Taichung earlier this month announced the winners of its occupational health and safety photography contest, organized annually to draw attention to workplace safety.
The 14 winners of the contest represent the best of many submissions across Taiwan, Taichung Labor Affairs Bureau Director-General Chang Ta-chun (張大春) said.
The contest has become a unique facet of Taichung’s culture of occupational safety, Chang said.
Photo courtesy of the Taichung City Government
Photography can encapsulate the immense exertion expended to complete any number of jobs, as well as workers’ brave defiance of these challenges, he said.
It can also arouse public concern over occupational safety, which can in turn help to improve work environments, he added.
The stories contained in each of these photographs remind employers that safety cannot be ignored for the sake of development, and that every worker is a pillar of their family and a valuable company asset, the Taichung City Government said in a news release on Tuesday.
This year, the judges divided the winners into “safety” and “hazard” categories, the Taichung Labor Inspection Office said on Wednesday last week.
In the safety category, which depicts regular dangers people face in the line of work, first place went to Lin Hung-ming (林鴻銘) for a photograph of a worker standing on a platform at the top of a high crane, adjusting the crane’s main load block.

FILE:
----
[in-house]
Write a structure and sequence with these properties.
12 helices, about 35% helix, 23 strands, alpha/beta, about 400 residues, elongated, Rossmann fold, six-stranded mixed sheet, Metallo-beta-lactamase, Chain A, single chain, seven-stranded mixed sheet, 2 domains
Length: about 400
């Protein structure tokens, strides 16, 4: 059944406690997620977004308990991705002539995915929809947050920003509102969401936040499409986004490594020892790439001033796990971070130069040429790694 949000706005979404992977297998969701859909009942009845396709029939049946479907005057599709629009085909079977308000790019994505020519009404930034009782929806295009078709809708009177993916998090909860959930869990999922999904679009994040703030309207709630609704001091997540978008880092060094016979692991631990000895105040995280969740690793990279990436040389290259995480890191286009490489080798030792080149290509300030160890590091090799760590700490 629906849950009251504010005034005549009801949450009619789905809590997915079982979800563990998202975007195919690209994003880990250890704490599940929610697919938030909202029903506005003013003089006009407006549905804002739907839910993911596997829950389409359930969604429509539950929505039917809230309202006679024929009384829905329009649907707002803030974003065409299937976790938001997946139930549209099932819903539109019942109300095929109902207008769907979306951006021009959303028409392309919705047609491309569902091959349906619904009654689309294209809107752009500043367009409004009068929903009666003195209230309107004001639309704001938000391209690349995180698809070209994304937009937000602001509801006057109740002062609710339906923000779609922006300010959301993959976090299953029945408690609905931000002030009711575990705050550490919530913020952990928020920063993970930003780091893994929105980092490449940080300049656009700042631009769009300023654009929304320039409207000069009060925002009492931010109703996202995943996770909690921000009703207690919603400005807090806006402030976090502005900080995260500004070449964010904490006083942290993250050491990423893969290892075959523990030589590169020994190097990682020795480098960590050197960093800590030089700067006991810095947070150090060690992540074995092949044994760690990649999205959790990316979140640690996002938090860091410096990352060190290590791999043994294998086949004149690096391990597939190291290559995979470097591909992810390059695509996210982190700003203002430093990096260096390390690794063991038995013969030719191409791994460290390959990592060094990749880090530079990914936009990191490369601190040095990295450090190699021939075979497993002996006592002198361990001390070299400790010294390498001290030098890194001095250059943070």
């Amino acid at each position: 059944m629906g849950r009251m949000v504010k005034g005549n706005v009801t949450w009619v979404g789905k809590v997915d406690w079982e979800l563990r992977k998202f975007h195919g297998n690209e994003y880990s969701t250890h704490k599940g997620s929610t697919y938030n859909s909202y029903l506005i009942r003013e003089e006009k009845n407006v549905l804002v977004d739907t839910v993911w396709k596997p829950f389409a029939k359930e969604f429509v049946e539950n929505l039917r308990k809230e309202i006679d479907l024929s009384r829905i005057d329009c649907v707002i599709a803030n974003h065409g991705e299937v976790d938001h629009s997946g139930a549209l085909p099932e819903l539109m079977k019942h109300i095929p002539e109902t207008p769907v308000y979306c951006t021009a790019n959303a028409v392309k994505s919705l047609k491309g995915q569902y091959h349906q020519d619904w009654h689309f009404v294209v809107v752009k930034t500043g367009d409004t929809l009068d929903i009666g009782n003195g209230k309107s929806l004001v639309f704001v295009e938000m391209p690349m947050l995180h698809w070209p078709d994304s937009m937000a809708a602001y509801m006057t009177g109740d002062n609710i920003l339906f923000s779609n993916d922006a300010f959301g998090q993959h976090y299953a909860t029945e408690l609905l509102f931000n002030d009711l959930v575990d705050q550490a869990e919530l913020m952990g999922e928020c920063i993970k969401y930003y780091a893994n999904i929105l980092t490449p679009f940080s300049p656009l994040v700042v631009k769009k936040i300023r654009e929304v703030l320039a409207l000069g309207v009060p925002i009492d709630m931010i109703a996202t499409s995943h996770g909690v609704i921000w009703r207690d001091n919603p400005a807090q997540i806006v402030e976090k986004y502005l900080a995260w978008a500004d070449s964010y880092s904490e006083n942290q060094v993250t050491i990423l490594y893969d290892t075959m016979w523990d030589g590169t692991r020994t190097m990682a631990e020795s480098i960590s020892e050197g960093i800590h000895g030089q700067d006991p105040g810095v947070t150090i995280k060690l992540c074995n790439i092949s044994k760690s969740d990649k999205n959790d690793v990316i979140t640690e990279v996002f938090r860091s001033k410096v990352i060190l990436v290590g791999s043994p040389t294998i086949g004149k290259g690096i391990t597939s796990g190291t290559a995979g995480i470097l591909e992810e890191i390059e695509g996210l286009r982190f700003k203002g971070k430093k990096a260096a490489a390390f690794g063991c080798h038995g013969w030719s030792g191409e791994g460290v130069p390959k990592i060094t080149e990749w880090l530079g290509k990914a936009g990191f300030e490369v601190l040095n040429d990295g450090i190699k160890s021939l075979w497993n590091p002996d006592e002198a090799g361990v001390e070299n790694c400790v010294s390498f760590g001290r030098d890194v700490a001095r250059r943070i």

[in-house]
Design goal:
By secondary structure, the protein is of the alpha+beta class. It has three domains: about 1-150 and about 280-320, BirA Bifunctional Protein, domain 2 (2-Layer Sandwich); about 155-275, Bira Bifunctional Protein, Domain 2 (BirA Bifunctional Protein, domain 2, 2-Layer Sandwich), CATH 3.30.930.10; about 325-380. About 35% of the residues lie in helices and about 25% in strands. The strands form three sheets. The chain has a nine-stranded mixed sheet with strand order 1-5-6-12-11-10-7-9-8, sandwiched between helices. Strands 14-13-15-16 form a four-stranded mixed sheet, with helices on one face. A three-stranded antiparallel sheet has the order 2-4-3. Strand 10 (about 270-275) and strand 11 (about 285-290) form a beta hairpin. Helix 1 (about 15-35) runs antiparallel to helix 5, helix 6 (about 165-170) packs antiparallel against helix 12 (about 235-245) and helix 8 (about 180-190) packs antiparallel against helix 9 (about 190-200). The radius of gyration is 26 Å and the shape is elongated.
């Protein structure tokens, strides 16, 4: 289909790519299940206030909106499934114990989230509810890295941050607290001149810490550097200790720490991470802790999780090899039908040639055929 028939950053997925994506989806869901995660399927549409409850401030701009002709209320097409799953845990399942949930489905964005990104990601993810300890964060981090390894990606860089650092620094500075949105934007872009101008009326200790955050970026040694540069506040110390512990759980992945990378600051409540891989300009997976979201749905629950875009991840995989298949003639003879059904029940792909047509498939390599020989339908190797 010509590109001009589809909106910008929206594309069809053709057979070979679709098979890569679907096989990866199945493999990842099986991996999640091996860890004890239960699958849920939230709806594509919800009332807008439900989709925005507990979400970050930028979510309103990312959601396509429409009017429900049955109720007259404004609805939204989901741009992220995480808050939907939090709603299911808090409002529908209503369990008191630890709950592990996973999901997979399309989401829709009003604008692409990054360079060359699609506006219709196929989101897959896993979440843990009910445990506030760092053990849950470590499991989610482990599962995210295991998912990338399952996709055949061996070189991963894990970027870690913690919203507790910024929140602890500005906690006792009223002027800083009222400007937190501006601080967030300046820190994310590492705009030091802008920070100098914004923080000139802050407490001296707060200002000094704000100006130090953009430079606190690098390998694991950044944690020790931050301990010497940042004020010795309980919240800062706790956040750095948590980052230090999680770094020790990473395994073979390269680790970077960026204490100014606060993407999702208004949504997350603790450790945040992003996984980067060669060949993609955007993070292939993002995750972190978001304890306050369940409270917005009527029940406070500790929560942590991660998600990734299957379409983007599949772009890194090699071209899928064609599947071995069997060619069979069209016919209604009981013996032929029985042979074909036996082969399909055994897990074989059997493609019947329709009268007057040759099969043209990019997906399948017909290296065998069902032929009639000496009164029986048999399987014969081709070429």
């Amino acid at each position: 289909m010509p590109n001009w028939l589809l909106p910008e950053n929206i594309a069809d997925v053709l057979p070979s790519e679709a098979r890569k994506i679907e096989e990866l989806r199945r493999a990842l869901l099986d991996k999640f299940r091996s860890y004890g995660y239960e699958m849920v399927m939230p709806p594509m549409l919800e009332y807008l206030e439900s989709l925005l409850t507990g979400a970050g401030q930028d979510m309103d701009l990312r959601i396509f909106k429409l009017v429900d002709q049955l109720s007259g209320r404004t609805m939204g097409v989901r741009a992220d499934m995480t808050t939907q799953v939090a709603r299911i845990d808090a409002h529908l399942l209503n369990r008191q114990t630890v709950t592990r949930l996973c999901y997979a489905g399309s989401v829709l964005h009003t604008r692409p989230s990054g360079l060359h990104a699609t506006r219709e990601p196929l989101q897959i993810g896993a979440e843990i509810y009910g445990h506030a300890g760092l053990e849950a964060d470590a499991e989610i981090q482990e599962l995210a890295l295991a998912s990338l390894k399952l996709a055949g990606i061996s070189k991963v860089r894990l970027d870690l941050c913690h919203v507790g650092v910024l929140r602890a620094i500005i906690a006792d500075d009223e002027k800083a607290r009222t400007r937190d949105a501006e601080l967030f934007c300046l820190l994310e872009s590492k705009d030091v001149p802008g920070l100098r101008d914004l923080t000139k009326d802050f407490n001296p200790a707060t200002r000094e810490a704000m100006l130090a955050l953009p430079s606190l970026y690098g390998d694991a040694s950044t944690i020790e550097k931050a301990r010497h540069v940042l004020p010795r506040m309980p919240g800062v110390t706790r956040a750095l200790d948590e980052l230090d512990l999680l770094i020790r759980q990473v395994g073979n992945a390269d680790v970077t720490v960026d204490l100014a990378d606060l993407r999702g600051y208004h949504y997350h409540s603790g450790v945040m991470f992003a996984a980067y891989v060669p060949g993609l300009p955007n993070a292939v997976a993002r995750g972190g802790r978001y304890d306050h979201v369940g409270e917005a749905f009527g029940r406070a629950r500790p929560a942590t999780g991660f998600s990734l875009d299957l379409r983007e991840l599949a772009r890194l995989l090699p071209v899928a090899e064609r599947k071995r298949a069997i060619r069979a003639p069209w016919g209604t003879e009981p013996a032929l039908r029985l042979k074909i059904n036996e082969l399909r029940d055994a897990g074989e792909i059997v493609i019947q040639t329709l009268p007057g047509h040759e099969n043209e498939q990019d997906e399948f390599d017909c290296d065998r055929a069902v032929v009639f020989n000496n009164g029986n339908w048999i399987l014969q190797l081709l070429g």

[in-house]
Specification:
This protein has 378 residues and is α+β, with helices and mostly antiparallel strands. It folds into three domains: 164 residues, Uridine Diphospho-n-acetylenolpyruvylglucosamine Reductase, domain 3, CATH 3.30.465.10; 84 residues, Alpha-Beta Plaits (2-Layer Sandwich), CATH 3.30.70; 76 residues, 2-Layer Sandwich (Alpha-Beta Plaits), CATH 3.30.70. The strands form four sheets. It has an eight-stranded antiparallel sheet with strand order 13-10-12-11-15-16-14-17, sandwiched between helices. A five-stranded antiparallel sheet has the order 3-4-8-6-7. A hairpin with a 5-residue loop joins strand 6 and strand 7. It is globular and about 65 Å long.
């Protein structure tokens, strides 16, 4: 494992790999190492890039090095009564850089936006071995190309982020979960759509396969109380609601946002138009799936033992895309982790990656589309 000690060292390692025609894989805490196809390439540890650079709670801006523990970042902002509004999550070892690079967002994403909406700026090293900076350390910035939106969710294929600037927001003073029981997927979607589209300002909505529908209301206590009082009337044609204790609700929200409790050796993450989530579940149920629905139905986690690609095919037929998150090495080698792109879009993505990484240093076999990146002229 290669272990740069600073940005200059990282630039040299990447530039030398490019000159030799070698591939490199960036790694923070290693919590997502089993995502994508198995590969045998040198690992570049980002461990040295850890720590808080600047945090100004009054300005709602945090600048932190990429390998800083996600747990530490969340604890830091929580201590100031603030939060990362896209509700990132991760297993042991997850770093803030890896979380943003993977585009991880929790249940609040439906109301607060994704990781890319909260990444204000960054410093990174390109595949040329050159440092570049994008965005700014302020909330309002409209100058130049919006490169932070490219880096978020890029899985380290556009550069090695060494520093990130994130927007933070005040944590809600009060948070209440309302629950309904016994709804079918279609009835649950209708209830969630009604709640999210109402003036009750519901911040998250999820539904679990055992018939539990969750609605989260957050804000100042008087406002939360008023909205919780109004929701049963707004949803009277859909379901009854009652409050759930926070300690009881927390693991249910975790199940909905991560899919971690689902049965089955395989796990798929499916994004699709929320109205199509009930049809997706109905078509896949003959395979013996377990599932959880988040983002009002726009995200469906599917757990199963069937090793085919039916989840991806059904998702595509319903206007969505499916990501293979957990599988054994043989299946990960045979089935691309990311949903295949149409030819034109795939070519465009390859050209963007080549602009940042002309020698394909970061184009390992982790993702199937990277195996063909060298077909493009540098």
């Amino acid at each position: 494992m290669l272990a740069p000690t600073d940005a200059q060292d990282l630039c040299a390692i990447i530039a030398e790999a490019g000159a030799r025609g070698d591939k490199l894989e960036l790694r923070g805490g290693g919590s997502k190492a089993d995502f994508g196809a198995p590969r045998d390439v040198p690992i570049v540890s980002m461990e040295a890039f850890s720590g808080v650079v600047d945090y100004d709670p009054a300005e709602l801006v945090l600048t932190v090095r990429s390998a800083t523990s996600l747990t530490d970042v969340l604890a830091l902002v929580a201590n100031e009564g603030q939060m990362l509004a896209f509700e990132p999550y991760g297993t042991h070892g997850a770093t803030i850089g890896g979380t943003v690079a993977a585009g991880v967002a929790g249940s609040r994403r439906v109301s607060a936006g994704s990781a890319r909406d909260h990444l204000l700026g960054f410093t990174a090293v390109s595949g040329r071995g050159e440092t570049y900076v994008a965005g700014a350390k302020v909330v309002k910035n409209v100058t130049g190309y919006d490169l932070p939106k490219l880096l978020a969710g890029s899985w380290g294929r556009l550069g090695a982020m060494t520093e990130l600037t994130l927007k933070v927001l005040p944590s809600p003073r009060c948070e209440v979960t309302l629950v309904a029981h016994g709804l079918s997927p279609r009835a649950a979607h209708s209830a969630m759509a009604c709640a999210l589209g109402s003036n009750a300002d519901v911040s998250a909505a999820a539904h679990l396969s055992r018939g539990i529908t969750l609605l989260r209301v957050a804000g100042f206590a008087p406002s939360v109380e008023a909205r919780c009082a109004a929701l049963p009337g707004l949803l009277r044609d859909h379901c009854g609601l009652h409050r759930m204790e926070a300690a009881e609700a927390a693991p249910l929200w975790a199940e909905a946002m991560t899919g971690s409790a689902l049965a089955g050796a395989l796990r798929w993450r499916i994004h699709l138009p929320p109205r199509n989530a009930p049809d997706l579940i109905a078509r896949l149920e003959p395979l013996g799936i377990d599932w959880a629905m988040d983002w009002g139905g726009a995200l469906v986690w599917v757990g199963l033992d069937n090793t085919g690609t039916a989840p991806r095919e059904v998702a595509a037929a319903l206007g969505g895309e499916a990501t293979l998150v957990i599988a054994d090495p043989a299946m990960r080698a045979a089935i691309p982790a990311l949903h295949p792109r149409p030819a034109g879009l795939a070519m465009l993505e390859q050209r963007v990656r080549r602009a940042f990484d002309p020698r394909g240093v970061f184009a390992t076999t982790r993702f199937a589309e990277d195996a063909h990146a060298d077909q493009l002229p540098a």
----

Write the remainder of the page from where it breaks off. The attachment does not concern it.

Second place was awarded to Chen Chi-hsuan (陳其軒) for a photograph of four workers talking as they work on power lines from a scissor lift.
Third place went to Yang Hsiu-chu (楊秀珠), whose photograph shows three people suspended in a tangle of high-voltage power lines.
The three are to receive prizes of NT$12,000, NT$10,000 and NT$8,000 respectively, while four honorable mentions are to receive NT$2,000 each.
As for the hazards category, which includes examples of unsafe work habits, the top three selections are to receive NT$8,000 each, while four honorable mentions are to receive NT$2,000 each.
Three of the seven winners were of workers welding or forging without protective gear, including a top selection by Shihkechun Kuma (史可群庫瑪), which is notable for the cigarette hanging out of the welder’s mouth.
The other two top selections went to Hua Wan-ju (花琬茹) and Wu Chao-huai (吳朝槐) for their photographs of workers perched precariously on top of scaffolding.
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